What all of these shows grasp at, in one way or another, is that nobody knows how to be a grown-up anymore. Adulthood as we have known it has become conceptually untenable. It isn’t only that patriarchy in the strict, old-school Don Draper sense has fallen apart. It’s that it may never really have existed in the first place, at least in the way its avatars imagined. Which raises the question: Should we mourn the departed or dance on its grave?
Huck Finn is for Fiedler the greatest archetype of this impulse, and he concludes “Love and Death” with a tour de force reading of Twain’s masterpiece. What Fiedler notes, and what most readers of “Huckleberry Finn” will recognize, is Twain’s continual juxtaposition of Huck’s innocence and instinctual decency with the corruption and hypocrisy of the adult world.Huck’s “Pap” is a thorough travesty of paternal authority, a wretched, mean and dishonest drunk whose death is among the least mourned in literature. When Huck drifts south from Missouri, he finds a dysfunctional patriarchal order whose notions of honor and decorum mask the ultimate cruelty of slavery. Huck’s hometown represents “the world of belongingness and security, of school and home and church, presided over by the mothers.” But this matriarchal bosom is as stifling to Huck as the land of Southern fathers is alienating. He finds authenticity and freedom only on the river, in the company of Jim, the runaway slave, a friend who is by turns Huck’s protector and his ward.
Of our fiction, Scott concludes, following Fiedler: "Instead, notwithstanding a few outliers like Henry James and Edith Wharton, we have a literature of boys’ adventures and female sentimentality. Or, to put it another way, all American fiction is young-adult fiction." The upshot:
Maybe nobody grows up anymore, but everyone gets older. What happens to the boy rebels when the dream of perpetual childhood fades and the traditional prerogatives of manhood are unavailable? There are two options: They become irrelevant or they turn into Louis C. K. (fig. 5). Every white American male under the age of 50 is some version of the character he plays on “Louie,” a show almost entirely devoted to the absurdity of being a pale, doughy heterosexual man with children in a post-patriarchal age. Or, if you prefer, a loser.
Enter, the women:
Many people forget that the era of the difficult TV men, of Tony and Don and Heisenberg, was also the age of the difficult TV mom, of shows like “Weeds,” “United States of Tara,” “The Big C” and “Nurse Jackie,” which did not inspire the same level of critical rapture partly because they could be tricky to classify. Most of them occupied the half-hour rather than the hourlong format, and they were happy to swerve between pathos and absurdity. Were they sitcoms or soap operas? This ambiguity, and the stubborn critical habit of refusing to take funny shows and family shows as seriously as cop and lawyer sagas, combined to keep them from getting the attention they deserved. But it also proved tremendously fertile.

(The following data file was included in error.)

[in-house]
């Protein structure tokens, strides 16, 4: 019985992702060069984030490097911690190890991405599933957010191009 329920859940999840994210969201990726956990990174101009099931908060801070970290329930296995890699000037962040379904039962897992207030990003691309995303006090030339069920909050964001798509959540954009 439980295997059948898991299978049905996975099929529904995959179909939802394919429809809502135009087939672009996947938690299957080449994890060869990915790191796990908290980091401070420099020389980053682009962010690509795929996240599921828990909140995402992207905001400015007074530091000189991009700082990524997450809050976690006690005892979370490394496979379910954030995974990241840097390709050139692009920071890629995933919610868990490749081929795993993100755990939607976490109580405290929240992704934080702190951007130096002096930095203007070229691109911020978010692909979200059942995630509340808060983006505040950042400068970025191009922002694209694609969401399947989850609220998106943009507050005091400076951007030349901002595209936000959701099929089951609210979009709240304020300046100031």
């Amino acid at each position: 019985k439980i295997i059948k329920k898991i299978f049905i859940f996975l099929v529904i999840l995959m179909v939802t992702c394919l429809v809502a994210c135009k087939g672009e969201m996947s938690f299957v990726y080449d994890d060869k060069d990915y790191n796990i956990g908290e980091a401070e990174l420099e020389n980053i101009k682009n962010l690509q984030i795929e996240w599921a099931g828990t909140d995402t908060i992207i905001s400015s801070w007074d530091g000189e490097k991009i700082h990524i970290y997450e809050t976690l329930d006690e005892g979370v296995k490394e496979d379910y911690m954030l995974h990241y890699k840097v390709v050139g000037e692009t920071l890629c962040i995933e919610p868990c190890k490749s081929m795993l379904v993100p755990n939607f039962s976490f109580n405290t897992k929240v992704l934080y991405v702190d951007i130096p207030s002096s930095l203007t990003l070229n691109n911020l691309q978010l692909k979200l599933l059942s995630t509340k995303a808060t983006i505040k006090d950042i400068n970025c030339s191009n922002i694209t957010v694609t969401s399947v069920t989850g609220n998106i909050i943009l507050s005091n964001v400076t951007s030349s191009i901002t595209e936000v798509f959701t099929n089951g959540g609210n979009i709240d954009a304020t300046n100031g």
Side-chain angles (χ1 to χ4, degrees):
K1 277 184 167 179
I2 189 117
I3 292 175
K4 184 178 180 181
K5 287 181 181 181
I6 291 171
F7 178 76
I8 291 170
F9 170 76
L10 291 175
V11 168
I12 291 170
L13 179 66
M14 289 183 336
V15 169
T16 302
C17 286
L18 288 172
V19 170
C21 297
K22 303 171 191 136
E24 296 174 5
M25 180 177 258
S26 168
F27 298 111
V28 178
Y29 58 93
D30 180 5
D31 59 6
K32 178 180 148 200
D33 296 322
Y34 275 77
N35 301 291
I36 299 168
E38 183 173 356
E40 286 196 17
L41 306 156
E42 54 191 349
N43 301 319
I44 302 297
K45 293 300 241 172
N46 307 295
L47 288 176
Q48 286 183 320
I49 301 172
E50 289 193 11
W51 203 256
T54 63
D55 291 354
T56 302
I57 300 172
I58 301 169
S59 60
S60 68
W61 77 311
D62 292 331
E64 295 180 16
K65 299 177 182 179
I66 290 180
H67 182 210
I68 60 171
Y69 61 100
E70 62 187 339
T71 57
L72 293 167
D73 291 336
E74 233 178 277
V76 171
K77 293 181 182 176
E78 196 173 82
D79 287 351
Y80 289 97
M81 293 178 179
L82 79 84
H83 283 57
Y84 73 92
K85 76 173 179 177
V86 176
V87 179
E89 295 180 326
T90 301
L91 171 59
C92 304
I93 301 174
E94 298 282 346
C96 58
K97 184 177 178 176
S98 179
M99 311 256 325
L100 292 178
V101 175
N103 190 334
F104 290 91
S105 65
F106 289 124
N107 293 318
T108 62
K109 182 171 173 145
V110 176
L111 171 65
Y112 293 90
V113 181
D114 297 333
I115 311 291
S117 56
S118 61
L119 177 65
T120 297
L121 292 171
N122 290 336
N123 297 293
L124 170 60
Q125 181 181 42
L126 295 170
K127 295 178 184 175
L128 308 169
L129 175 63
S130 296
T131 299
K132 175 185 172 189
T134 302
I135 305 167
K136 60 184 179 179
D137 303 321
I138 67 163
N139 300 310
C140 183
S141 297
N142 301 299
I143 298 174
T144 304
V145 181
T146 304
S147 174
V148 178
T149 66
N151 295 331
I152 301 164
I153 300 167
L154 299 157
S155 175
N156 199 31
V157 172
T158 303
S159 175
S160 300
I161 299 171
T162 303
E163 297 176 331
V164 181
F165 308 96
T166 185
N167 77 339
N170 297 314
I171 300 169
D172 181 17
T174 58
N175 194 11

The cable half-hour, which allows for both the concision of the network sitcom and the freedom to talk dirty and show skin, was also home to “Sex and the City,” in retrospect the most influential television series of the early 21st century. “Sex and the City” put female friendship — sisterhood, to give it an old political inflection — at the center of the action, making it the primary source of humor, feeling and narrative complication. “The Mary Tyler Moore Show” and its spinoffs did this in the 1970s. But Carrie (fig. 7) and her girlfriends could be franker and freer than their precursors, and this made “Sex and the City” the immediate progenitor of “Girls” and “Broad City,” which follow a younger generation of women pursuing romance, money, solidarity and fun in the city.
It is now possible to conceive of adulthood as the state of being forever young. Childhood, once a condition of limited autonomy and deferred pleasure (“wait until you’re older”), is now a zone of perpetual freedom and delight. Grown people feel no compulsion to put away childish things: We can live with our parents, go to summer camp, play dodge ball, collect dolls and action figures and watch cartoons to our hearts’ content. These symptoms of arrested development will also be signs that we are freer, more honest and happier than the uptight fools who let go of such pastimes.I do feel the loss of something here, but bemoaning the general immaturity of contemporary culture would be as obtuse as declaring it the coolest thing ever. A crisis of authority is not for the faint of heart. It can be scary and weird and ambiguous. But it can be a lot of fun, too. The best and most authentic cultural products of our time manage to be all of those things. They imagine a world where no one is in charge and no one necessarily knows what’s going on, where identities are in perpetual flux. Mothers and fathers act like teenagers; little children are wise beyond their years. Girls light out for the territory and boys cloister themselves in secret gardens. We have more stories, pictures and arguments than we know what to do with, and each one of them presses on our attention with a claim of uniqueness, a demand to be recognized as special. The world is our playground, without a dad or a mom in sight.